“Do you take offense at this?  Then what if you were to see the Son of man ascending where he was before? It is the spirit that gives life, the flesh is of no avail; the words that I have spoken to you are spirit and life.” (Jn 6:61-63)

This reply stands in line with what we said about the Johannine gospel’s thesis of Jesus’ descent and ascent, i.e., his incarnation, death and glorification as a process of an ongoing “coming into the world.” Jesus’ reply explains that, only when transferred into the realm of the spirit, can his flesh reach us, “come to us” and become, in the way Paul stated, the last Adam who is “life-giving spirit” (cf. 1 Cor 15:45) and who transmits divine life.

This vision of “flesh and spirit” and the transformation of the fleshly mode of existence into a spiritual one at the resurrection is not a Johannine idiosyncrasy. In various ways we find such a concept of the risen human body as spiritualized both in reference to the risen body of Jesus and the eschatological resurrection of the body, in many texts of the New Testament, specifically in the Synoptic Gospels and the Pauline (and deutero-Pauline) writings. What may be said to be uniquely Johannine is the integration of three aspects, Christology, sacraments and eschatology, into a single comprehensive scheme.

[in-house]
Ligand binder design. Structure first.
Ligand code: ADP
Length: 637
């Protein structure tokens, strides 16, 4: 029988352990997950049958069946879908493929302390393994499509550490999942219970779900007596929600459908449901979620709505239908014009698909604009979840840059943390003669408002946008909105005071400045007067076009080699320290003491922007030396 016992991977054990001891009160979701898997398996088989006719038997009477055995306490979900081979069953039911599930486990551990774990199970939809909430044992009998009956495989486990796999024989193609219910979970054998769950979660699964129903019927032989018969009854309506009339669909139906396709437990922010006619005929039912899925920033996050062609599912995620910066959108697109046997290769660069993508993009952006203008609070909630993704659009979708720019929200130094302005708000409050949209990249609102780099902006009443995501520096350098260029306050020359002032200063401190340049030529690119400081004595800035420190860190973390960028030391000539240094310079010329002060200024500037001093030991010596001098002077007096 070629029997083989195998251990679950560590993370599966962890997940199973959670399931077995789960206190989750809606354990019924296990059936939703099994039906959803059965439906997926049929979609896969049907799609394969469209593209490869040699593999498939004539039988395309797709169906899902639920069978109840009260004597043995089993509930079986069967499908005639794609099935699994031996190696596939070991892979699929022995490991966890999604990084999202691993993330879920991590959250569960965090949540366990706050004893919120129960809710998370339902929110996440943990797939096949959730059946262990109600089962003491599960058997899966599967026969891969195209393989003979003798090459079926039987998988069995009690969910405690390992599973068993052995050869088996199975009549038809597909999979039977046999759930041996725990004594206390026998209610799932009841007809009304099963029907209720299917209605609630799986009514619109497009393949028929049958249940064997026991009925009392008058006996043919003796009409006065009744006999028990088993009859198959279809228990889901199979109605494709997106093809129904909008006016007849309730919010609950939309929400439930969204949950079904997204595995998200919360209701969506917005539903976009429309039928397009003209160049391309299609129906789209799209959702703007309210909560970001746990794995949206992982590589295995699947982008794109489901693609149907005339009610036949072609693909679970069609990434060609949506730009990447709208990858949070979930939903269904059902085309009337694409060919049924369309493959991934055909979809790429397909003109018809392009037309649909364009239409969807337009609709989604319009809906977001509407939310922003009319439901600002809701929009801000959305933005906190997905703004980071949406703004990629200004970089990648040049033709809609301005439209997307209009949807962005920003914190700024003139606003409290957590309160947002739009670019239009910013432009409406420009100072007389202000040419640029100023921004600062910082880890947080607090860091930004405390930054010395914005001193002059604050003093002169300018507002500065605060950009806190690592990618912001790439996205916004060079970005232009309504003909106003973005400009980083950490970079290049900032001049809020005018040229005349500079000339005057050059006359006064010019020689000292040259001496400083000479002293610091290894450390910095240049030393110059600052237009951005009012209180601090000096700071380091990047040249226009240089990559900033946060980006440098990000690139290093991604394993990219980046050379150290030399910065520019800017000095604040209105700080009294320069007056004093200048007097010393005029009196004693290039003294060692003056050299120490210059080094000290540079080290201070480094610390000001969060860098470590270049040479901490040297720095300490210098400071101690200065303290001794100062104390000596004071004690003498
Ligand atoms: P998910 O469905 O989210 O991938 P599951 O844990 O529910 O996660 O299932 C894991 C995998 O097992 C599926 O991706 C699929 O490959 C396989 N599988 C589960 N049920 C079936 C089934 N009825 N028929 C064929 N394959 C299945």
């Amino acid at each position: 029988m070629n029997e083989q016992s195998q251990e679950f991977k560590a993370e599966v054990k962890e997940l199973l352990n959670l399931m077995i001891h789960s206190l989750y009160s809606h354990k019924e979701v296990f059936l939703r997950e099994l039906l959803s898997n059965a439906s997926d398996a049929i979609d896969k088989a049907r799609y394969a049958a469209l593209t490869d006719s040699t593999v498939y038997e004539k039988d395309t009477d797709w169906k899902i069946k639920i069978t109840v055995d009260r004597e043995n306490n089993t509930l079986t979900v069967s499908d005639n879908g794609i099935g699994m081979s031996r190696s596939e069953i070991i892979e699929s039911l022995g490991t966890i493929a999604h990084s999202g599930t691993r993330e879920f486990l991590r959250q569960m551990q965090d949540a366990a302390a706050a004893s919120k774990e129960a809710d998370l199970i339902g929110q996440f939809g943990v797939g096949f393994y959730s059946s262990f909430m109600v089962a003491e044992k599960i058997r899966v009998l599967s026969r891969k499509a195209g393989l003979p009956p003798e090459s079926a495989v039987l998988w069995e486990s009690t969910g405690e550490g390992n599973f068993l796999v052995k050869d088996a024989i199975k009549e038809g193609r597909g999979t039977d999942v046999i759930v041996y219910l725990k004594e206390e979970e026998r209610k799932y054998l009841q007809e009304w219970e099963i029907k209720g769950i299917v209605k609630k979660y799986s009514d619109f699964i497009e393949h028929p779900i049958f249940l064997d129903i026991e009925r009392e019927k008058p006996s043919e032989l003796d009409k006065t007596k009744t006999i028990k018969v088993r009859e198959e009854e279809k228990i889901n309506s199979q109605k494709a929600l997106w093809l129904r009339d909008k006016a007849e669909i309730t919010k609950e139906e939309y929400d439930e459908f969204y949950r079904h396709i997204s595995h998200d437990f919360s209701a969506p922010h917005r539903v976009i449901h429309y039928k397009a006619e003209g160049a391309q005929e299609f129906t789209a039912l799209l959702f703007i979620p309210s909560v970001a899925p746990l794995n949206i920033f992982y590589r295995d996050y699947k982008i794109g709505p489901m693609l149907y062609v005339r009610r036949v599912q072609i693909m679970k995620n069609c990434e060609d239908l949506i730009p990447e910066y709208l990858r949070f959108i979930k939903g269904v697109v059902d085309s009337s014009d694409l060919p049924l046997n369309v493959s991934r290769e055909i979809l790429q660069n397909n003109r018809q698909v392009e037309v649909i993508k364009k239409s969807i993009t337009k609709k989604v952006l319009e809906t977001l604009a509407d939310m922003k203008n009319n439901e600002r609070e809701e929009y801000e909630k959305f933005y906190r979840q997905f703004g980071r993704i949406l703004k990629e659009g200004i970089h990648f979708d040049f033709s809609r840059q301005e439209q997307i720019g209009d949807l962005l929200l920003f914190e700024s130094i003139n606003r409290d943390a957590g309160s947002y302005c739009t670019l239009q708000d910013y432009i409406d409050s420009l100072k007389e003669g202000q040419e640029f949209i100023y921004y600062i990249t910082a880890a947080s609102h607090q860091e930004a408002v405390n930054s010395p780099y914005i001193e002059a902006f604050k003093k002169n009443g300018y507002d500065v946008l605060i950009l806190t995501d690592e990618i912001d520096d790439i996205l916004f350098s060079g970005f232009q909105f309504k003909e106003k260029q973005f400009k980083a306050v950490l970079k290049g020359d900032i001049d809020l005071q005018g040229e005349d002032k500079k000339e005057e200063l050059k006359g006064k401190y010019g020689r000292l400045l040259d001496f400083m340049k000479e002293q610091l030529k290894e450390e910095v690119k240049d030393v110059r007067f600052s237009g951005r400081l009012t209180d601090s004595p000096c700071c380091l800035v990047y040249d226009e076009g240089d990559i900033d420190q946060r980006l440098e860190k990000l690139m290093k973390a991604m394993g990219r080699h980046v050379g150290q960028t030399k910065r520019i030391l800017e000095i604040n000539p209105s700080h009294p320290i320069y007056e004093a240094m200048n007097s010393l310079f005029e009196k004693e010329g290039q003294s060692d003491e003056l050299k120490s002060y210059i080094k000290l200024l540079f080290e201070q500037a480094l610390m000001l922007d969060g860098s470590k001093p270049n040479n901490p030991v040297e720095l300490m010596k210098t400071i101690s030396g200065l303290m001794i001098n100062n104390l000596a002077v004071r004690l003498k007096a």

That in this synthesis, a sacramental realism is essential, has been clearly seen by the anti-Docetic and anti-Gnostic church fathers, who, by taking such a stance with regard to the Eucharist, have determined that position which church tradition followed for a millenium. I refer to the teaching of Irenaeus’ who is our earliest witness of a Eucharistic realism motivated by anti-Gnostic arguments. He is aware that in the same way that the Word became truly flesh, the Eucharistic elements truly extend the presence of the risen body, and conversely, the denial of the true presence of flesh and blood in the Eucharistic would eliminate either the truth or the lasting and definitive effect of the Incarnation. This reasoning about the Eucharist is also present in Ignatius of Antioch and Justin Martyr except that these earlier church fathers do not name or quote the Fourth Gospel  as Irenaeus does.

In modern confessional controversy on the Eucharist, the false impression is sometimes made that Eucharistic realism is solely based on an interpretation of the words of the institution and depends on a mere grammatical interpretation of the words “this is my body – this is my blood.” But in that way one cannot resolve the question of the real presence. For the issue is a theological one, involving two questions: